Liar by Justine Larbalestier. Bloomsbury USA. October 2009. Reviewed from ARC. Copy from publisher.
The Plot: Micah is a senior in high school. She lies. She knows she has to stop; and on page one of Liar, she promises to tell you her whole story with no lies.
Micah tells you about herself, her school, Zach (the senior who just went missing), her family. And she tells you the truth. Except when she is lying. She cannot help herself; it's not just a bad habit, it's something she inherited. Her father, she tells us, is also a liar. And with the family illness that got passed down to her, she is almost forced to lie.
But reader... she'll tell you the truth. Or, at least, admit when she's lied. Or when she lies about the lie.
What is true? When can you believe a liar?
And what happened to Zach?
Larbalestier creates such a sense of foreboding -- of impending doom -- that the reader can almost taste it. Something bad has happened. Something bad will happen. What is it? What secrets have turned Micah into such a liar? As Micah says, "Weaving lies is one thing; having them weave you is another."
Then, suddenly, half way through the book, Micah shares it. Her secret. The reason she lies. Suddenly, it makes sense. All the clues are there for the reader to figure it out. Finally, the reader can breathe easier. Now we know. We know and we can trust again. And the book shifts to mystery, a different type of suspense, the tone changing dramatically, as Micah tries to figure out what happened to Zach, and, now that she's being honest with us, her role in it.
Except.... is she telling the truth?
First person narrators aren't always unreliable. Sometimes, they are used to make something more immediate, to create a stronger connection between reader and story. At other times, such a narrator may not know the whole story, and the reader, wiser, more removed, is supposed to know more, see more, and to figure things out before the narrator. And sometimes...they play with us. They know the story. They decide what parts to tell us. Or not tell us.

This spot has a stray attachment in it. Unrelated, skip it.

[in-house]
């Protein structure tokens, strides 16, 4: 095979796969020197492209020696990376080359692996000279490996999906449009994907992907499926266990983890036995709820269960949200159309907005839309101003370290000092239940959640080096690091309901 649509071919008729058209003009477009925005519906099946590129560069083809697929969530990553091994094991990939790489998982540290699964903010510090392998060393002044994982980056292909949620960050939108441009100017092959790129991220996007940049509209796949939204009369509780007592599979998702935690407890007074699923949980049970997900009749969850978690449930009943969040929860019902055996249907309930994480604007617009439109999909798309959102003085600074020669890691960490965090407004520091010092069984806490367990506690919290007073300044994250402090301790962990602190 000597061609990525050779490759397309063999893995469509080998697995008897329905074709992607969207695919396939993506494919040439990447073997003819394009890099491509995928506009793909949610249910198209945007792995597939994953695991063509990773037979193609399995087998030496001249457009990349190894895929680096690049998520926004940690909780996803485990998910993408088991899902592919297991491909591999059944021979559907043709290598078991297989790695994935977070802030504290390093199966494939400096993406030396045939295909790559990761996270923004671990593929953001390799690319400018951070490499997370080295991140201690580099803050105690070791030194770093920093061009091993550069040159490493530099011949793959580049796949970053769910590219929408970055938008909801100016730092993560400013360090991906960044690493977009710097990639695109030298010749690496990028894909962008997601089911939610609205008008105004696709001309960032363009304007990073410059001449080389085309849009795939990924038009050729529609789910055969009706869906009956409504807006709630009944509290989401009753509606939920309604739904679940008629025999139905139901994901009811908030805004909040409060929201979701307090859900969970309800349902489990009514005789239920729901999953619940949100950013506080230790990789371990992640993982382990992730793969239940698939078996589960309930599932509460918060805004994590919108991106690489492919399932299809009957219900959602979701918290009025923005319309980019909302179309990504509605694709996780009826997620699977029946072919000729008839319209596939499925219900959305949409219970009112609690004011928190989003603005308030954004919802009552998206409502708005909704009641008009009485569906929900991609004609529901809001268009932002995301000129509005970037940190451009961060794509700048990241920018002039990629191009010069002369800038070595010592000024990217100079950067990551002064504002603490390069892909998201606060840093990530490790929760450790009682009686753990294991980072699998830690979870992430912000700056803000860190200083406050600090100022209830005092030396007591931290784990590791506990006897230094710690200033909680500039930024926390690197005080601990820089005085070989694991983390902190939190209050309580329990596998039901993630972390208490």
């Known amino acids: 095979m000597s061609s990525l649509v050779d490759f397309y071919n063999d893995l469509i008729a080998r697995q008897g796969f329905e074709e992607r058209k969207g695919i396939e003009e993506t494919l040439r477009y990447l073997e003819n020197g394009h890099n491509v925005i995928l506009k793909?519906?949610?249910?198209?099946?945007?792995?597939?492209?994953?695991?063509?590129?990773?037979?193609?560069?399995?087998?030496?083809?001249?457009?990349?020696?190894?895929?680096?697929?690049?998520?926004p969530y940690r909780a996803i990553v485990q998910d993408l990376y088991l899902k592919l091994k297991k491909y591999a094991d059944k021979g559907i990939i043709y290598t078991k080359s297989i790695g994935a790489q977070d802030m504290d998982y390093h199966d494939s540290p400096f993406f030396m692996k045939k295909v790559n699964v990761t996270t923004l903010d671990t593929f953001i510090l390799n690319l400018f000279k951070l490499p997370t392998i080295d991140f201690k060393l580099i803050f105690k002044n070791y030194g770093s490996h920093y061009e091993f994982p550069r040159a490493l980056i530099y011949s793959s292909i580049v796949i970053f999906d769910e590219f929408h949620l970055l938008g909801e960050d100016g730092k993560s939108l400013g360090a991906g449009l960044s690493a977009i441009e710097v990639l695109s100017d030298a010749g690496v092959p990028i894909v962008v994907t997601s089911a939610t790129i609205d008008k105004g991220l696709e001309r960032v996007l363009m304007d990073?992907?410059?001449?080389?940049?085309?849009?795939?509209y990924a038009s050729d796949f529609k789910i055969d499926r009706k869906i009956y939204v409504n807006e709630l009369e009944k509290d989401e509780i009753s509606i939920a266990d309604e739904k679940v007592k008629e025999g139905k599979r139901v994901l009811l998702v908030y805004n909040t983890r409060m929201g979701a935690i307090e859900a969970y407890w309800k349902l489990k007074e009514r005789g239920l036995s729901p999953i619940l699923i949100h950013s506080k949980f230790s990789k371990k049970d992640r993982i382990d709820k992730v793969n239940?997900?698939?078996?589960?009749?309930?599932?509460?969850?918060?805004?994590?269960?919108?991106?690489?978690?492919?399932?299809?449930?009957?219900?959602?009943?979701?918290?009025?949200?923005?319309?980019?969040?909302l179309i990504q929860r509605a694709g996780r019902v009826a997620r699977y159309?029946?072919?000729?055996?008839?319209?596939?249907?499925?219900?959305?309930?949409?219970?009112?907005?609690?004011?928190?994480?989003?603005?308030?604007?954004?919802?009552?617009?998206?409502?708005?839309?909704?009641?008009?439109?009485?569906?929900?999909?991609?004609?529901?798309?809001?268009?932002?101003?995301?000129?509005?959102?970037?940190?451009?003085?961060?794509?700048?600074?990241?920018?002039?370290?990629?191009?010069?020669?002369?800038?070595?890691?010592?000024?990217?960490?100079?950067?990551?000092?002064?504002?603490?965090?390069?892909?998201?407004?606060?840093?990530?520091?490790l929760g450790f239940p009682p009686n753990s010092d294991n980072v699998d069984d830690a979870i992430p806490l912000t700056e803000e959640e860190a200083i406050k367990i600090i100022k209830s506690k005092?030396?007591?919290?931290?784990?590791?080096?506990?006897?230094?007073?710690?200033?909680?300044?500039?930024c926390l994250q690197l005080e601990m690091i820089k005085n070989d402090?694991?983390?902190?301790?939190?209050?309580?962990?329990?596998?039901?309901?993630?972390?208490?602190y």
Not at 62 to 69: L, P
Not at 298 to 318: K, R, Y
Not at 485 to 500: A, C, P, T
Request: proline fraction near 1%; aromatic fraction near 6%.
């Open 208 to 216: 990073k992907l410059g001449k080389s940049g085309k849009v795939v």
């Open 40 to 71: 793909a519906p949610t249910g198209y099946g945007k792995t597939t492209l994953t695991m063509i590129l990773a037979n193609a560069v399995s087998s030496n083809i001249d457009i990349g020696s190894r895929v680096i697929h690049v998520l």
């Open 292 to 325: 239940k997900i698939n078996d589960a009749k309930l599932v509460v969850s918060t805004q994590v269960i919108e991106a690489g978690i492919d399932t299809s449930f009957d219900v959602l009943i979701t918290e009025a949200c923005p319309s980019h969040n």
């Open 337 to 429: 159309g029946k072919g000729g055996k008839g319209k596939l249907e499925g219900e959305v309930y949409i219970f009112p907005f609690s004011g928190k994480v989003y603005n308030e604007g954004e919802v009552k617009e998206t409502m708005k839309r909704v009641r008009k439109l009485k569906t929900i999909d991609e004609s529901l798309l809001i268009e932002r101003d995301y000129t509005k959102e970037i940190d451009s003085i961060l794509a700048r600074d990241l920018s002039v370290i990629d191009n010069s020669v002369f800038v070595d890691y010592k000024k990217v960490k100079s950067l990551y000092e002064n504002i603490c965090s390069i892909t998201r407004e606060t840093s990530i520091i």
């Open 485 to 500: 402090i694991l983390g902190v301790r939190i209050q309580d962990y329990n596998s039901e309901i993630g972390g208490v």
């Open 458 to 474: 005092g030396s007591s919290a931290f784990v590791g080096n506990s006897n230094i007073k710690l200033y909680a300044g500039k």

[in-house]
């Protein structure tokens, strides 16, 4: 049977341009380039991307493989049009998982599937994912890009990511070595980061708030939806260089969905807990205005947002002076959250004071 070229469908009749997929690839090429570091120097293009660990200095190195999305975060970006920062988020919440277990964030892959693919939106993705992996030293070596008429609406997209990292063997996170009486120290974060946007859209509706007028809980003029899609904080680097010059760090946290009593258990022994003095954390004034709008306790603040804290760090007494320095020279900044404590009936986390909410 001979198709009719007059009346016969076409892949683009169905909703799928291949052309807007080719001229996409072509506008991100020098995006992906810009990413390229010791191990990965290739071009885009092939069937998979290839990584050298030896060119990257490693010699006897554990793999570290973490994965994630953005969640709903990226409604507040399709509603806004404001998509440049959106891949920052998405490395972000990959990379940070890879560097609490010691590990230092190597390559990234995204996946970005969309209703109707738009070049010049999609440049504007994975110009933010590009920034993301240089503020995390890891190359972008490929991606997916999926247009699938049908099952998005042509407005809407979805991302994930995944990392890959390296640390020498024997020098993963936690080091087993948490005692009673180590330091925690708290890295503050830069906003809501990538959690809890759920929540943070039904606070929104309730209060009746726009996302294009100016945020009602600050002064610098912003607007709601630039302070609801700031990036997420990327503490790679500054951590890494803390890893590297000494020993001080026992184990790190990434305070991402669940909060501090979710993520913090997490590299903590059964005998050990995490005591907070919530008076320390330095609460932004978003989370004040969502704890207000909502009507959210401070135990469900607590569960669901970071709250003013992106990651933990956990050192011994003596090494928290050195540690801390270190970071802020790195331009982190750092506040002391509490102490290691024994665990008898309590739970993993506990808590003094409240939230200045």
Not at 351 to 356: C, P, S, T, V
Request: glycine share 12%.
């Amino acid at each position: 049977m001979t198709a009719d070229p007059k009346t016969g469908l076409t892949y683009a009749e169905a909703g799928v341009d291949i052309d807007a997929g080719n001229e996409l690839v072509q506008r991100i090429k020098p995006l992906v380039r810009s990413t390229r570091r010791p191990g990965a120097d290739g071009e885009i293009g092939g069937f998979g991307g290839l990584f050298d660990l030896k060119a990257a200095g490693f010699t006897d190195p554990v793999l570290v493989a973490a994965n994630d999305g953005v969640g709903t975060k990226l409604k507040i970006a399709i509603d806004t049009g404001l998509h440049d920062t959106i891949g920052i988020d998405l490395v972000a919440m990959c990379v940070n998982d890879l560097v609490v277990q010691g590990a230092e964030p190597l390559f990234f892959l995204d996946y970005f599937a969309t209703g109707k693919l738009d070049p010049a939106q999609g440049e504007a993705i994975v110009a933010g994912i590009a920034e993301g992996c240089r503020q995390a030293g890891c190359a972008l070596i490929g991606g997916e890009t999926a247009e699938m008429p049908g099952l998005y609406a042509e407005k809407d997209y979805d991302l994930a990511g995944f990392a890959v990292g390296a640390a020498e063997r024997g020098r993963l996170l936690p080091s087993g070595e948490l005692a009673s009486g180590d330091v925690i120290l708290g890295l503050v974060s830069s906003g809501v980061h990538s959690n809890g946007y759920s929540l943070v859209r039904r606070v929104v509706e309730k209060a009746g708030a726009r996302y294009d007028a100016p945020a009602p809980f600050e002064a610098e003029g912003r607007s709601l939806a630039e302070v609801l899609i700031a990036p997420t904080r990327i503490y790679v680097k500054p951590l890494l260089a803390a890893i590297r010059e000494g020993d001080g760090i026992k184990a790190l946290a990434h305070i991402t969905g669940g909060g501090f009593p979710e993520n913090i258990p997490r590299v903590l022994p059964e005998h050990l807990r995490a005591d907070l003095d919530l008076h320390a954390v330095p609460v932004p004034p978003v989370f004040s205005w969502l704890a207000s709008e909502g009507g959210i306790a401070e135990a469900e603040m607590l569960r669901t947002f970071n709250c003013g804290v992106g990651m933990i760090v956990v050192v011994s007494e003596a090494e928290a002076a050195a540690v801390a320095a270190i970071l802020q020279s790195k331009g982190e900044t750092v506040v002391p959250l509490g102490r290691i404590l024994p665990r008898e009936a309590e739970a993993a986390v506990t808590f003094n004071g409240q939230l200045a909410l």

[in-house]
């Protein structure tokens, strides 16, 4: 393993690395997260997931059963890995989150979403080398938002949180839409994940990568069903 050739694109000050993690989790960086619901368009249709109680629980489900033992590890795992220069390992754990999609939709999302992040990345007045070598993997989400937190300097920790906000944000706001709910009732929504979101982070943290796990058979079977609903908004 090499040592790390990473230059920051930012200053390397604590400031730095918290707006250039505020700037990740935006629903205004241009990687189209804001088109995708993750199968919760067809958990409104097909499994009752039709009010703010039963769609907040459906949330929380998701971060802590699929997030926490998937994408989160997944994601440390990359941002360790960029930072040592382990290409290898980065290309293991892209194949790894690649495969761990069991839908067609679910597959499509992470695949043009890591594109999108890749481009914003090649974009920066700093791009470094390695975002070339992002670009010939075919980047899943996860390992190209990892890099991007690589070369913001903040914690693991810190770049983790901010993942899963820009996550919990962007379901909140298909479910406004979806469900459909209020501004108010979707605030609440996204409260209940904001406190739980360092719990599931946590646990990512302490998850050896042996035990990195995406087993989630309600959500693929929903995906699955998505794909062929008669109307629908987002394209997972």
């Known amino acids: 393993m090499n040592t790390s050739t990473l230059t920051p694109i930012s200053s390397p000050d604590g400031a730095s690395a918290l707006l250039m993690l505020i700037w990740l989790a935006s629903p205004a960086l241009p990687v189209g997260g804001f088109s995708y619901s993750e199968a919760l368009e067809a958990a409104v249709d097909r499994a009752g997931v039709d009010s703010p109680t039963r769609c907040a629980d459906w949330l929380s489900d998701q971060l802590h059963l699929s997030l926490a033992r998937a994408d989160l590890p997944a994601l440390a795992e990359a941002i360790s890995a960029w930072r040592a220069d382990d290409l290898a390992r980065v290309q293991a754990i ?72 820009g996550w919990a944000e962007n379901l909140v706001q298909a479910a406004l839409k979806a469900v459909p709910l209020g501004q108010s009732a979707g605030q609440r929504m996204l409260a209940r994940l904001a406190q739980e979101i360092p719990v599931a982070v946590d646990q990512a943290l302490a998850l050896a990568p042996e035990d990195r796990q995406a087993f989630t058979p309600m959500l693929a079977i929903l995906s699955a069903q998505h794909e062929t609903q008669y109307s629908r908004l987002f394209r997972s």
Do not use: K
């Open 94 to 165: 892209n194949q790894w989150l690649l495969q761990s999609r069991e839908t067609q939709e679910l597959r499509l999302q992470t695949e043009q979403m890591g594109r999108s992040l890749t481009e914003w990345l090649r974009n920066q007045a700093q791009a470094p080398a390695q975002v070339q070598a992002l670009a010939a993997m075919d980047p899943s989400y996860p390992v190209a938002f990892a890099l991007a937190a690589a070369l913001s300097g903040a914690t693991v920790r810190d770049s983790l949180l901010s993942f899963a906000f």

Here, the narrator lies.
Micah lets us know, up front: Lies. Liar. And at the end of the book, the question for the reader becomes -- when do you believe Micah? When do you not? And what does that say about you?
Larbalestier's writing is brilliant; Micah's voice seduces us, tricks us, makes us want to believe in her, yet we are also afraid, unsure, uncertain. We know her; her school; her family. Or do we? Just how good a job does Larbalestier do? While I know Micah is manipulating me, the reader -- I never feel like Larbalestier, the author, is.
The wonder of this book, the beauty with how it is crafted, demands that you, as the reader, do not say "Rosebud was a sled" to people who haven't read this book. Wait until they are done; find a secure, sound proof room; and then talk away, about Liar and Micah and Zach.
The Original US Cover:
My post, Don't Judge a Book By It's Cover, pretty much sums up my opinion of the controversy. As a quick recap, the image to the left of a white teen was originally planned for the US cover. This created a lot of controversy (see my link above), and ended up being resolved by the publisher creating a new cover, the one you see at the top of this post.
I'll add this: I still believe there is a larger issue here. If publishers and bookstores truly believe that books with people of color on the cover (or books about people of color) don't sell, the easy way to counter that opinion is to buy, read, review, display, and book talk all books. It's a business; and if the sales and money show the publishers and bookstores a different reality, they'll believe it.
© Elizabeth Burns of A Chair, A Fireplace & A Tea Cozy
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